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America’s Retirement Race Gap, and Ideas for Closing It


Some policymakers have pushed to raise Social Security’s full retirement age — when you can receive 100 percent of your earned benefit — as part of the solution to the program’s long-term financial shortfall. But workers of color earn less, have lower life expectancy and tend to work in physically demanding occupations that become more difficult to continue at older ages. For example, 50 percent of Black workers ages 55 to 62 reported in 2014 that they have jobs requiring “lots of physical effort,” compared with just 32 percent of whites.

Under the current system, filing at the earliest age, 62, gets you 75 percent of your annual full benefit; every 12 months of delay past your full retirement age (currently around 66, depending on your year of birth) gets you an additional 8 percentage points until you turn 70.

Retirement ages already are rising gradually to 67 from 65 under changes enacted in 1983. The Boston College researchers note that any further increase in full retirement ages would increase retirement wealth inequity and have a disproportionate impact on minority households.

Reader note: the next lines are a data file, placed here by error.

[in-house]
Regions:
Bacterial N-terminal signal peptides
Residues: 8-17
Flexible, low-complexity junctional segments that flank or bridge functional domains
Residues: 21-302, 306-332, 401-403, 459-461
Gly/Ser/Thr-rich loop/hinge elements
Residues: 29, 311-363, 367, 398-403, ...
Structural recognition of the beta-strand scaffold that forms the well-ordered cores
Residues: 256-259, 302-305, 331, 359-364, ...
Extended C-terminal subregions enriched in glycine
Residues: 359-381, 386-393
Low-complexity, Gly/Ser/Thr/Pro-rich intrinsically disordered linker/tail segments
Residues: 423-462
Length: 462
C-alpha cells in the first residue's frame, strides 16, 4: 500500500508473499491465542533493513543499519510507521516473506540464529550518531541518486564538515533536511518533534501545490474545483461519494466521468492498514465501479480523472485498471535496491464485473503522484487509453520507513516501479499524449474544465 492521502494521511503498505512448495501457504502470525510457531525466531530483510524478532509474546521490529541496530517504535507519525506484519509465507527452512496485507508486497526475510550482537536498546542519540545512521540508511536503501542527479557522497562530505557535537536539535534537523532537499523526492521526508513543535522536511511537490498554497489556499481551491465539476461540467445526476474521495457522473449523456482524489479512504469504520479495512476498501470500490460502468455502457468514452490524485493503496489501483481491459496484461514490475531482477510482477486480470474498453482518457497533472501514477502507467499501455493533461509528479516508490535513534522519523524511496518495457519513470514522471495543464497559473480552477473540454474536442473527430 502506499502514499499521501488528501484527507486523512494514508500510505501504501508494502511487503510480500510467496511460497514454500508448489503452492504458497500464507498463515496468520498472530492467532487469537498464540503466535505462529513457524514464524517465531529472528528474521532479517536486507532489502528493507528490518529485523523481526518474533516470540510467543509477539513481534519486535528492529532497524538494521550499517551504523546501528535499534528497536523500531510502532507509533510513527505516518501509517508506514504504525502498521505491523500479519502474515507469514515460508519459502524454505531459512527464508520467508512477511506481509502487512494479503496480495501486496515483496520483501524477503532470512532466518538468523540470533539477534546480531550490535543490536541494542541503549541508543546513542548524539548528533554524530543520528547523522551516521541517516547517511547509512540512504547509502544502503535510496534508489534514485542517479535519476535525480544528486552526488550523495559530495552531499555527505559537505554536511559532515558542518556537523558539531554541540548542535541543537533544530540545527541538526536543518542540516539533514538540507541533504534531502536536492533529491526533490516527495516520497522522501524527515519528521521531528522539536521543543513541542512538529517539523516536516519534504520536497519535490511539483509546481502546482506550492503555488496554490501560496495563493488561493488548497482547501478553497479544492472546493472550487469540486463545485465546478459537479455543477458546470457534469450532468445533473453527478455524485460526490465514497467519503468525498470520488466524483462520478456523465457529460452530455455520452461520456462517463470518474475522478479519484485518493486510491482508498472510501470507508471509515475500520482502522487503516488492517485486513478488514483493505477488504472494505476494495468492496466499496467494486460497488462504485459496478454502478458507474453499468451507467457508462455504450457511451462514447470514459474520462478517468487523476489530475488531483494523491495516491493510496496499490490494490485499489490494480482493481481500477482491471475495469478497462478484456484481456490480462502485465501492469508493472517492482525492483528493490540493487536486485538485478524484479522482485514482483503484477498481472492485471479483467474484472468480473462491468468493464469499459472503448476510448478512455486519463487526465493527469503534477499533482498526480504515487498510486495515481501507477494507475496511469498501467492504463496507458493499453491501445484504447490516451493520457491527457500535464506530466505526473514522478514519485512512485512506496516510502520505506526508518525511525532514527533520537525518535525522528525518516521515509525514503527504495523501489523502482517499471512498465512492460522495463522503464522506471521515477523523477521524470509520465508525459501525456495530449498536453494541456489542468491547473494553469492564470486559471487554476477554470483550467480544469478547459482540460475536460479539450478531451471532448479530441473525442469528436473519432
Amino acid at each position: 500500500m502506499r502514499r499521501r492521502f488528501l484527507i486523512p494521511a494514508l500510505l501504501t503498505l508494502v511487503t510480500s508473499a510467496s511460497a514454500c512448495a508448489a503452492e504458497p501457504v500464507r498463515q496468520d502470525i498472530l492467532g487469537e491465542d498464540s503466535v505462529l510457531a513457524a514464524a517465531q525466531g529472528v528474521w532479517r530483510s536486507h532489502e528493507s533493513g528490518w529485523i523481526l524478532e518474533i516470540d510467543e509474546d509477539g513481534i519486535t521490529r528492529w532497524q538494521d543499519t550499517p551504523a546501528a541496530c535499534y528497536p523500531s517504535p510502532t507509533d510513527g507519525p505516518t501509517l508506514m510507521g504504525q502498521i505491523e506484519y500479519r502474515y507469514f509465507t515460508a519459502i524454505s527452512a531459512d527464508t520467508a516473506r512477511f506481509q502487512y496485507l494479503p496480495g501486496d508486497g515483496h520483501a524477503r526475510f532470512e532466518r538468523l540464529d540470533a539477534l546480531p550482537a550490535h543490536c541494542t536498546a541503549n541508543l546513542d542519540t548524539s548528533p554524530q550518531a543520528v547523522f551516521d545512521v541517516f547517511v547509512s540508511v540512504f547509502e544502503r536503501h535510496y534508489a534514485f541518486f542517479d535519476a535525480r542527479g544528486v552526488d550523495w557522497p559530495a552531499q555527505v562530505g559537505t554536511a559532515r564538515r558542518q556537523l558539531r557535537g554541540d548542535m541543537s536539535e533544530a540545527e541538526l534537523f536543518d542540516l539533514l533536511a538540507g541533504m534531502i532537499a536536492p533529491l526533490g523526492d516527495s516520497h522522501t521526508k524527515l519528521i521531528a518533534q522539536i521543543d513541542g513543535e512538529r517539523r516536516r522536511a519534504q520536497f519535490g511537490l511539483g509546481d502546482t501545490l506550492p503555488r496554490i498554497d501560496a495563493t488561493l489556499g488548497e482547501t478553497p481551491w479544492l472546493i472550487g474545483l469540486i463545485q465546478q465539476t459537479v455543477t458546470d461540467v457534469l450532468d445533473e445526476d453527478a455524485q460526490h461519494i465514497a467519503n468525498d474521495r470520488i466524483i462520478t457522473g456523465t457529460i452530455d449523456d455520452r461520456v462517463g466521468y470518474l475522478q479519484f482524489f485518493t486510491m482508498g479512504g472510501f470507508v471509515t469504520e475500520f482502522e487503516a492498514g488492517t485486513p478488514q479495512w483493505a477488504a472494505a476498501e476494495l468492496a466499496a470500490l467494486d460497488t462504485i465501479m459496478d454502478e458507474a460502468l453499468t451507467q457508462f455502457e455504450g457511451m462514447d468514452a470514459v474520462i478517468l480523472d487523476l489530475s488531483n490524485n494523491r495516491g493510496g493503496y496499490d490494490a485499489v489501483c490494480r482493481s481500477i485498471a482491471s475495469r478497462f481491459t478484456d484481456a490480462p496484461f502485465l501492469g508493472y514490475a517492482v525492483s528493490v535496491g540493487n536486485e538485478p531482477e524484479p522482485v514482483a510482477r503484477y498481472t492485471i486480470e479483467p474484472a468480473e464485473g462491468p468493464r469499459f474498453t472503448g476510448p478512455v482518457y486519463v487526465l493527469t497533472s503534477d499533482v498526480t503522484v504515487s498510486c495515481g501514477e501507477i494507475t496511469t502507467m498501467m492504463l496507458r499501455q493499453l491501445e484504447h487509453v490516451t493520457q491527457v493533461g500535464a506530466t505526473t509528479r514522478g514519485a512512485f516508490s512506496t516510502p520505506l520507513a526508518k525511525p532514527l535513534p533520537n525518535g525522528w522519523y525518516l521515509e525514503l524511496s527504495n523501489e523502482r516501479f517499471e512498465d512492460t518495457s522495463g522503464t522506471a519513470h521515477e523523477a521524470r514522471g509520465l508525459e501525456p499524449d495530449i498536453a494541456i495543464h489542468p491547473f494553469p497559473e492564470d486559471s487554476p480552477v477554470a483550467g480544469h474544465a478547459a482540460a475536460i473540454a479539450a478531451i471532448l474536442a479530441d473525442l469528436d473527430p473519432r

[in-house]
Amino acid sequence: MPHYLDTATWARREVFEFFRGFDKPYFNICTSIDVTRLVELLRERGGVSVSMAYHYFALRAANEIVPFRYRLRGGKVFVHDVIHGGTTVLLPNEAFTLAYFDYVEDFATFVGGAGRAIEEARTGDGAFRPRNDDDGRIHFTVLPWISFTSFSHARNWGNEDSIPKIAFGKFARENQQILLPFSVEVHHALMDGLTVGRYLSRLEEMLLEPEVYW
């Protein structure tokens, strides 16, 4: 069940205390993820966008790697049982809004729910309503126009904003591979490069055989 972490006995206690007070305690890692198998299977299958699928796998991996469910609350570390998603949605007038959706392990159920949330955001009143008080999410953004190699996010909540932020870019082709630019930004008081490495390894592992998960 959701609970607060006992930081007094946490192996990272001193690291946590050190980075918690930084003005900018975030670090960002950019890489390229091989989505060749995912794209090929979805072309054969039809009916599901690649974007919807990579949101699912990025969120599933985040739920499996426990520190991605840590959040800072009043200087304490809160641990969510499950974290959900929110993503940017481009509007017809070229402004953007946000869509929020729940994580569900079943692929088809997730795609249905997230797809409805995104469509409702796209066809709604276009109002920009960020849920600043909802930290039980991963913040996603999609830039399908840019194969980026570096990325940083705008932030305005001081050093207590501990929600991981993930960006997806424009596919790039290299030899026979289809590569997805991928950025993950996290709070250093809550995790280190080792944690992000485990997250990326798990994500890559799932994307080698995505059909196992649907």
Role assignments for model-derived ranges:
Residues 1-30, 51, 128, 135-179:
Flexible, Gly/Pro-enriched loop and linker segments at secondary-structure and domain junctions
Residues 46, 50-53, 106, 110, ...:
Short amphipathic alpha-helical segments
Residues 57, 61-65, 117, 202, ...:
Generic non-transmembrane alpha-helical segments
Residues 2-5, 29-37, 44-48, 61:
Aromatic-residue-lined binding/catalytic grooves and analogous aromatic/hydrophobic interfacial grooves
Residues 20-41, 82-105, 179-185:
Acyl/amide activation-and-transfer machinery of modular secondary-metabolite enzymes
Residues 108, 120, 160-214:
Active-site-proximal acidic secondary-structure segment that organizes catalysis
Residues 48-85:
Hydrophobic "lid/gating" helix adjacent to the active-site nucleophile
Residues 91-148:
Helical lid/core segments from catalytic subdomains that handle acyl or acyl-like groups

What’s more, the average longevity of Black Americans is shorter — in 2014, their average life expectancy from age 65 was 18.1 years, compared with 19.3 years for whites, according to the Centers for Disease Control and Prevention. And the expectancy for Black men was even shorter, at 16.1 years.

“When you lengthen the retirement age to get the full benefit, you’re putting a cut on the people who are going to die younger,” says William E. Spriggs, chief economist for the A.F.L.-C.I.O. and a professor at Howard University. “Instead, we should be raising the tax on the higher-income people, who are going to live longer, and stop playing with the retirement age.”

One leading progressive organization would like to do more to address that issue. The group, Social Security Works, has proposed updating the current early retirement reductions, which have not been revised since 1956.

The percent of full benefit a worker could receive at age 62 would increase to 85 percent, gradually rising to 100 percent at full retirement age.



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